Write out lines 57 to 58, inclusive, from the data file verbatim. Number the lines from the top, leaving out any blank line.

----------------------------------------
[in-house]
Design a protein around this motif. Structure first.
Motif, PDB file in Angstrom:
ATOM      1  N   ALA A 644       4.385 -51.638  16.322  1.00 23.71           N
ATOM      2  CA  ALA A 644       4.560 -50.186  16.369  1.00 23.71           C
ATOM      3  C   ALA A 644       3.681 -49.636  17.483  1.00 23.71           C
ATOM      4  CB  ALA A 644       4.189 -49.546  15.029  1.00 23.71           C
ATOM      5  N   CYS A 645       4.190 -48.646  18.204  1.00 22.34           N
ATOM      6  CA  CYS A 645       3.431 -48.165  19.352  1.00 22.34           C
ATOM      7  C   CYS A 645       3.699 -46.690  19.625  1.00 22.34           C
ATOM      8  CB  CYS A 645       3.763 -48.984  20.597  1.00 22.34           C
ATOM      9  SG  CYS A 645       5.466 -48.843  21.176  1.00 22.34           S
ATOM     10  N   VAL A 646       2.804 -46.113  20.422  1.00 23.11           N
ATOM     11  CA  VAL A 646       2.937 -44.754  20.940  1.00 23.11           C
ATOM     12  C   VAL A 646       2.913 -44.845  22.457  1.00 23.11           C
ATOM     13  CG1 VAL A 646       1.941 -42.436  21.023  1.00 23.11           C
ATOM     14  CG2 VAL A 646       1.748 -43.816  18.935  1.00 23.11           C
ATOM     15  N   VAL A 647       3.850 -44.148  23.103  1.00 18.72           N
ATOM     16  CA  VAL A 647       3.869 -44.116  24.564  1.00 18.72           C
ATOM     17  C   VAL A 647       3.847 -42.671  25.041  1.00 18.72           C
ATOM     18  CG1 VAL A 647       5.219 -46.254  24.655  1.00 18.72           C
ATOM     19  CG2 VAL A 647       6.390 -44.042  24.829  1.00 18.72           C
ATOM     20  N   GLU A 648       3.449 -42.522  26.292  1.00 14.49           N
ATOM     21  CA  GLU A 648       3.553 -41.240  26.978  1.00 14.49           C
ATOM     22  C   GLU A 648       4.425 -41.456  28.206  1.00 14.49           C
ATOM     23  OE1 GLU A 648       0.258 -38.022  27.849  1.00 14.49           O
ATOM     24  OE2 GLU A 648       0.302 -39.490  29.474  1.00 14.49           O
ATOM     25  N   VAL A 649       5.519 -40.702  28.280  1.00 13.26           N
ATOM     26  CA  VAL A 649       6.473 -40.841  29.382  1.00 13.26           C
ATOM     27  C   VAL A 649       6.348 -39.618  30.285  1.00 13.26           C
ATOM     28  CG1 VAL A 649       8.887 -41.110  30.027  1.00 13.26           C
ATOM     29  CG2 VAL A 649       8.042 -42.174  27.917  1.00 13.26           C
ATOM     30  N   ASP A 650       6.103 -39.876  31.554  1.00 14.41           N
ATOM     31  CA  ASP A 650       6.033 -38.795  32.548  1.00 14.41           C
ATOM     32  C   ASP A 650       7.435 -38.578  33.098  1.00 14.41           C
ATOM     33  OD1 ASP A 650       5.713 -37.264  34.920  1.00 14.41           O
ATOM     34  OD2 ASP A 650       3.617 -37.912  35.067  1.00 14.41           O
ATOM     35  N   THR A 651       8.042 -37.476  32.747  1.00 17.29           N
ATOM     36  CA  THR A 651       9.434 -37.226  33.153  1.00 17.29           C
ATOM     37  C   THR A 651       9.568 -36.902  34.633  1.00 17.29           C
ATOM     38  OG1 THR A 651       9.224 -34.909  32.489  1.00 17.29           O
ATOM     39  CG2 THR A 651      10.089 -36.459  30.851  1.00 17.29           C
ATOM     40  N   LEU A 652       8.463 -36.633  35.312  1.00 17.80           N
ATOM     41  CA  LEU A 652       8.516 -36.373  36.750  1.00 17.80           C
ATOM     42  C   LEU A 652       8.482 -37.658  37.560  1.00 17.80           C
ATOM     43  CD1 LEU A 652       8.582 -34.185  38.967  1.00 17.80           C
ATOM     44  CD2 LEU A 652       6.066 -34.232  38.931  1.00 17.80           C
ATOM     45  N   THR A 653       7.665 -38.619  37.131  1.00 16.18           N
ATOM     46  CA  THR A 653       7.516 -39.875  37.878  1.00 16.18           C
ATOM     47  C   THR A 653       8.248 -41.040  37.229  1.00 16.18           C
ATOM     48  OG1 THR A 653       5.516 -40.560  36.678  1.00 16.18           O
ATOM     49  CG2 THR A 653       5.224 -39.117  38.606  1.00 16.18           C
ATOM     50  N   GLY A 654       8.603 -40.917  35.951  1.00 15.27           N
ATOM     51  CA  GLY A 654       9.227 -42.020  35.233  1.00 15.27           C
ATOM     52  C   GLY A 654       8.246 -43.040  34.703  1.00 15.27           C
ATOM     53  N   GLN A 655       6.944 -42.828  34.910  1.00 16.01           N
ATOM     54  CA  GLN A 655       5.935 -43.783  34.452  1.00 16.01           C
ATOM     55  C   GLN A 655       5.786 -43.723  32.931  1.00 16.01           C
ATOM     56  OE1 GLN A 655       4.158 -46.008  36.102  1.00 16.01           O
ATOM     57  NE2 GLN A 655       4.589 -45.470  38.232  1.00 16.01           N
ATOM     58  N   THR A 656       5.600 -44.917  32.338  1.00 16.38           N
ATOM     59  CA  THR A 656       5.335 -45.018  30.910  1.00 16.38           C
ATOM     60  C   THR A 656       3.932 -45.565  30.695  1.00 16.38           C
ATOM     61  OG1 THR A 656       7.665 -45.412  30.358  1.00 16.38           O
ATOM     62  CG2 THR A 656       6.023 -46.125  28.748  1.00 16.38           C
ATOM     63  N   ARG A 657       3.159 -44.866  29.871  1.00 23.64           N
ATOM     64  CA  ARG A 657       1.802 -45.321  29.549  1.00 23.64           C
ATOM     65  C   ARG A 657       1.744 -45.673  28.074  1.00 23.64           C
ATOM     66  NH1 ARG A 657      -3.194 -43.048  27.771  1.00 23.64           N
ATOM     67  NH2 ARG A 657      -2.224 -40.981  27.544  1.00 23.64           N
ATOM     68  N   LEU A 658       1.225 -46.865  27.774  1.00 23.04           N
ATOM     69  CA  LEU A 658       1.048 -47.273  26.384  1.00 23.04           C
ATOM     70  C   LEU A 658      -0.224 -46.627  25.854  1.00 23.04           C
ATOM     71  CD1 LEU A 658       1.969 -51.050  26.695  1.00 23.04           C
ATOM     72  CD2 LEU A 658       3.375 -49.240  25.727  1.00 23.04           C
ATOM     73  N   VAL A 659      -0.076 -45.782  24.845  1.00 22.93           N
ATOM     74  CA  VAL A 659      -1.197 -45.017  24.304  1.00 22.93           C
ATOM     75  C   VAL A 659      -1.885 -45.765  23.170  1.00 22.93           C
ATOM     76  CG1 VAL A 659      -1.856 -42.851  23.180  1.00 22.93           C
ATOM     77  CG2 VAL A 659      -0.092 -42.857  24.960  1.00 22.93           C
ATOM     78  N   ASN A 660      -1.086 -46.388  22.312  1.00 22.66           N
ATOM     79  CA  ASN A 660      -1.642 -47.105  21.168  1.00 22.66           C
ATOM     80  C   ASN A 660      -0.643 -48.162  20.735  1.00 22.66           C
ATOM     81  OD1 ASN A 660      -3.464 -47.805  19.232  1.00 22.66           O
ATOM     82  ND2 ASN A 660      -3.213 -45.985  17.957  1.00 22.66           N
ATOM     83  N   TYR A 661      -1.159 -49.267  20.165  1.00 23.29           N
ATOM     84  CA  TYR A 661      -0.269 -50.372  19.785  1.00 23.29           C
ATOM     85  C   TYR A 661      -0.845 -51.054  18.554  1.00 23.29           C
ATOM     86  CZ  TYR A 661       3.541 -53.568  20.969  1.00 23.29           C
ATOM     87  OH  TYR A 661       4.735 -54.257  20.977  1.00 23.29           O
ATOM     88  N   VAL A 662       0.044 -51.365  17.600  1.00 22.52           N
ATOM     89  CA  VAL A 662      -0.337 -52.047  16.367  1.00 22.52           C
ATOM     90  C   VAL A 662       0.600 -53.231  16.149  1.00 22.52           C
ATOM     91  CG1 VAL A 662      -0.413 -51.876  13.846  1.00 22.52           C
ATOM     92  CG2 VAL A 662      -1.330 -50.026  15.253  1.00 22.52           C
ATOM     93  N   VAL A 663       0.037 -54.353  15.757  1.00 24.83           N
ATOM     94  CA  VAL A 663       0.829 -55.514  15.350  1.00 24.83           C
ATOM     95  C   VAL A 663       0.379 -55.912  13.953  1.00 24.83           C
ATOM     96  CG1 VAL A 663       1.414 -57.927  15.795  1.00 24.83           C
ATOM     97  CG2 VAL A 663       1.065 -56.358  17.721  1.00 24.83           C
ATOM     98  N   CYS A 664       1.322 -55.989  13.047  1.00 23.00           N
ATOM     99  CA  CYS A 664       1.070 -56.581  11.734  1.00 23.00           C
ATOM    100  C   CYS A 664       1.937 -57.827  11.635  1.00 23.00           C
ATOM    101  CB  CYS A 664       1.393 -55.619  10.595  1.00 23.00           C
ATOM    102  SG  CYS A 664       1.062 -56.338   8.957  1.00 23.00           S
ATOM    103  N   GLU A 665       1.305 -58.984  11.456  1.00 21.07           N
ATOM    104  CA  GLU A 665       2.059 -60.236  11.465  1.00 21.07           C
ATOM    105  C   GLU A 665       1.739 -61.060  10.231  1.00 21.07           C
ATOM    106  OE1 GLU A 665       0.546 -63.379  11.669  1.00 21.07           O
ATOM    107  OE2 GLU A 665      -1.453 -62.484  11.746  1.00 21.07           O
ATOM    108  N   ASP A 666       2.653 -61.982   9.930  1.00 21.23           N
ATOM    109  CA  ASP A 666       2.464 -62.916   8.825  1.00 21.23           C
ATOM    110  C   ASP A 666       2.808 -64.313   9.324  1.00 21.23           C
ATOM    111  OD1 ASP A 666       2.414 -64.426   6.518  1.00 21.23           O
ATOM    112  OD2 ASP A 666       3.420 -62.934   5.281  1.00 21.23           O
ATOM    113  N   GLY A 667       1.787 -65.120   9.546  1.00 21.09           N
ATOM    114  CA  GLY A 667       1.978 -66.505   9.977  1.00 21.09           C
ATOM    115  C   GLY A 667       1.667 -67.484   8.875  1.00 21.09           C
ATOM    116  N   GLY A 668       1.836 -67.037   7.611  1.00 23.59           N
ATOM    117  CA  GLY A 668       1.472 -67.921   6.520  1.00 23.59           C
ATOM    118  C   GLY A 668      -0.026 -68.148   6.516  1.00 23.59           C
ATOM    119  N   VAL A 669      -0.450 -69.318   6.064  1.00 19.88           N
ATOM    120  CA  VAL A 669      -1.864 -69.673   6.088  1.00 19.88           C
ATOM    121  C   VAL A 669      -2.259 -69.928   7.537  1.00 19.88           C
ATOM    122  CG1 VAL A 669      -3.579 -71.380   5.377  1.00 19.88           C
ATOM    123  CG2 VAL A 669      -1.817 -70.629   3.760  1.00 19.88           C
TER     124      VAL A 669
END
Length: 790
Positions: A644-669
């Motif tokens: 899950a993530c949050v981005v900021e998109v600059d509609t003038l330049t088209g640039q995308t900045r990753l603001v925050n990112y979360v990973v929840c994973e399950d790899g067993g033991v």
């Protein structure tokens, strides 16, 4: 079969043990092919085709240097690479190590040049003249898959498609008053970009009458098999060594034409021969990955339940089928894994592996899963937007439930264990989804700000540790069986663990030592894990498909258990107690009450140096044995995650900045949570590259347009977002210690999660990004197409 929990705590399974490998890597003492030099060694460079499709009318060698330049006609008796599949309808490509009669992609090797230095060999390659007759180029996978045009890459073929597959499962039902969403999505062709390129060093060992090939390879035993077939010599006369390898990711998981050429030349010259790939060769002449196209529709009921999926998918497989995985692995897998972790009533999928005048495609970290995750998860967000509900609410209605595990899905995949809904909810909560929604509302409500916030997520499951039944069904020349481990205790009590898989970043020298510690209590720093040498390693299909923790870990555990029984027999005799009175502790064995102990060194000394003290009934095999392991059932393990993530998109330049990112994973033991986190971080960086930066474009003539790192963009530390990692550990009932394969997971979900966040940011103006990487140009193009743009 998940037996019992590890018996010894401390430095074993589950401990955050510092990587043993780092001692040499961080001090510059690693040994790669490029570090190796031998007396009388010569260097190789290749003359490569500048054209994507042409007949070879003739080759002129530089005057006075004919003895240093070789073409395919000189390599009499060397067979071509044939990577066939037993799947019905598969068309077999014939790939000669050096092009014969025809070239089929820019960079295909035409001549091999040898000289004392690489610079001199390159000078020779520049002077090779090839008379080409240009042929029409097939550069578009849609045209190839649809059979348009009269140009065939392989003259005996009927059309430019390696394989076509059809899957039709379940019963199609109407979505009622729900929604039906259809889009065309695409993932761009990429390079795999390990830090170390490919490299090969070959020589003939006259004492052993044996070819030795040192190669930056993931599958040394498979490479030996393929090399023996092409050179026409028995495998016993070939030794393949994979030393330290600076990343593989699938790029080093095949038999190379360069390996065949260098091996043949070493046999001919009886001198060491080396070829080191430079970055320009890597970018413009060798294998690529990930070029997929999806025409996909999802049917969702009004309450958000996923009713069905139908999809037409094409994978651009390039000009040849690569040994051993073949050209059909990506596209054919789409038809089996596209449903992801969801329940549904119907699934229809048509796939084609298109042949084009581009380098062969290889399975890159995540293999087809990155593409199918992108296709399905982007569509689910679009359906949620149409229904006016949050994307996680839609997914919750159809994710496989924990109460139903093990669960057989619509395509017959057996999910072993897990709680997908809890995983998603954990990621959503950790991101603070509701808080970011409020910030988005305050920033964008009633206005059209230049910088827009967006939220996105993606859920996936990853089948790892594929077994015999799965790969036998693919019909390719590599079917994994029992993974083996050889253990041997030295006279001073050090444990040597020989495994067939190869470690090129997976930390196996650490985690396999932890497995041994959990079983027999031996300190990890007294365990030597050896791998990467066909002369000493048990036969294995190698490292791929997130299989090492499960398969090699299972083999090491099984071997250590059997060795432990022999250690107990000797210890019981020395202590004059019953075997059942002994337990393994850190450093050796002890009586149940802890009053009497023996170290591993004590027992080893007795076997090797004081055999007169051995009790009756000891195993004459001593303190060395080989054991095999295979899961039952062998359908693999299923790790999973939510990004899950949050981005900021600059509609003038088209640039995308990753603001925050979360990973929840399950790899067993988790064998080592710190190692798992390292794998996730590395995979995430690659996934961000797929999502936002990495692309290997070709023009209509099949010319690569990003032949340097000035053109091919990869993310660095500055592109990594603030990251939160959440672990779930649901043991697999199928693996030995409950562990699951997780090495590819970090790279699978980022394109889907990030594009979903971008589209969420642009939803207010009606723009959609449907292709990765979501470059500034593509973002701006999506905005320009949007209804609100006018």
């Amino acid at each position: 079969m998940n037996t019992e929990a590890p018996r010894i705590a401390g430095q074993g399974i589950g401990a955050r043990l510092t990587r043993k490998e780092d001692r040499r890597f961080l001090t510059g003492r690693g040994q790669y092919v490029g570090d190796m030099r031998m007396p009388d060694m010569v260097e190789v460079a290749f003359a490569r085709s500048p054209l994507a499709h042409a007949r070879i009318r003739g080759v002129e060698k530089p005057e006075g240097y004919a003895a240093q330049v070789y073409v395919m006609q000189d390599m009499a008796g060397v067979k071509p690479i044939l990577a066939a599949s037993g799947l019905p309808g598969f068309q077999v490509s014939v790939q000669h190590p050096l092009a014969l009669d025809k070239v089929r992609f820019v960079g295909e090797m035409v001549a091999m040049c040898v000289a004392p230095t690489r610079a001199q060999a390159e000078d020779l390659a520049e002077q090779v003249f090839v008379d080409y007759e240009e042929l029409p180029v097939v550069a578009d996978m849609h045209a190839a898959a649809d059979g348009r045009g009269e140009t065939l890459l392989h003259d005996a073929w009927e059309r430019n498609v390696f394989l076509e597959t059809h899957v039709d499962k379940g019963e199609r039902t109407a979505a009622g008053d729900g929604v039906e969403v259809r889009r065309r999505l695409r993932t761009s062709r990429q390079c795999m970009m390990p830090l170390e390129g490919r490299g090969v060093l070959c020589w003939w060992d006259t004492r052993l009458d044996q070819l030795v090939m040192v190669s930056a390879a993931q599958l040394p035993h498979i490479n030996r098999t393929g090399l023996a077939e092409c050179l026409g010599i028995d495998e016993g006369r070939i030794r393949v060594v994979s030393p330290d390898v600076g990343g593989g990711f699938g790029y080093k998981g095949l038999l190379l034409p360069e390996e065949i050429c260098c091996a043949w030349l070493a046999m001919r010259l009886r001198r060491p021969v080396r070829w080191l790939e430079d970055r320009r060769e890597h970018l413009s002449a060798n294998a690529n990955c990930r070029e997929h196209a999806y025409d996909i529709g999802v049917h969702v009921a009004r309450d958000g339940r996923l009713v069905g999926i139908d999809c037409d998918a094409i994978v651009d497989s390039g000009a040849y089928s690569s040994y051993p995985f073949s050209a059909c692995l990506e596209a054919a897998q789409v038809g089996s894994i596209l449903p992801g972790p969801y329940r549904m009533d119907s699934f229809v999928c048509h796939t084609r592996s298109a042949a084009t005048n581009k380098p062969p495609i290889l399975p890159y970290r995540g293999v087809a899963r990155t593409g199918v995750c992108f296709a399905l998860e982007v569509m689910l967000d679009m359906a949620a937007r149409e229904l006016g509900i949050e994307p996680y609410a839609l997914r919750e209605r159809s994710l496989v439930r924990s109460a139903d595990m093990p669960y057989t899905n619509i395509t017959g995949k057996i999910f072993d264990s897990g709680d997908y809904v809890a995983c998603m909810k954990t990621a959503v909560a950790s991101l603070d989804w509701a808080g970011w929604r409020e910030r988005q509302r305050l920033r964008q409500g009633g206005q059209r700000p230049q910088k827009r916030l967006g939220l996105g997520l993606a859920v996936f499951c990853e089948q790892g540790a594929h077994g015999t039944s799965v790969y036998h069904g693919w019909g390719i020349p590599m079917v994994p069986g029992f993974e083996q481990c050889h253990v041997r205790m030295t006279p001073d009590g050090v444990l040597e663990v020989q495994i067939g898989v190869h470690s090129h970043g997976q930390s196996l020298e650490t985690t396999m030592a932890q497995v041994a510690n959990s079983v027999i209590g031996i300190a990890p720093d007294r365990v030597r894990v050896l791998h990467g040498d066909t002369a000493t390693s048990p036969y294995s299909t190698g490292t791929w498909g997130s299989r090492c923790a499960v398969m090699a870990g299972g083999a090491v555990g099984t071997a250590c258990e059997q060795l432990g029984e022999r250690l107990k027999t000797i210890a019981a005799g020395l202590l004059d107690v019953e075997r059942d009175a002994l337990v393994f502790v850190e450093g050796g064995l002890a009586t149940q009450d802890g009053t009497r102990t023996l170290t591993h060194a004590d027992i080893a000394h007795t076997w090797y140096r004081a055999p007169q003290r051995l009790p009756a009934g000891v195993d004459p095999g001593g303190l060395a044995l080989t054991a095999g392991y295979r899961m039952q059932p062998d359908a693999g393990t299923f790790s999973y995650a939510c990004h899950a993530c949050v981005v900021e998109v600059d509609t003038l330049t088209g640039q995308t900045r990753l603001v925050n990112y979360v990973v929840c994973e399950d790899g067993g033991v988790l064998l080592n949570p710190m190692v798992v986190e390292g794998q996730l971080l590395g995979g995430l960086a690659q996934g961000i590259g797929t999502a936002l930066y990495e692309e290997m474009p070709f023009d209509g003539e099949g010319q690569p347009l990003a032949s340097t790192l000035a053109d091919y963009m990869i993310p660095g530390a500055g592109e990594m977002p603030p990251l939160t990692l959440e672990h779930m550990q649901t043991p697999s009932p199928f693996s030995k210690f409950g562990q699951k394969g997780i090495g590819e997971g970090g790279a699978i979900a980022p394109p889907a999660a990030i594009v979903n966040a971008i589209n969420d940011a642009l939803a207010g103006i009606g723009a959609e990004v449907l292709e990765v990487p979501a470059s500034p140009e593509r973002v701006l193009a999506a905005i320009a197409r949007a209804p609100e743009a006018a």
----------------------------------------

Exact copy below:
ATOM     54  CA  GLN A 655       5.935 -43.783  34.452  1.00 16.01           C
ATOM     55  C   GLN A 655       5.786 -43.723  32.931  1.00 16.01           C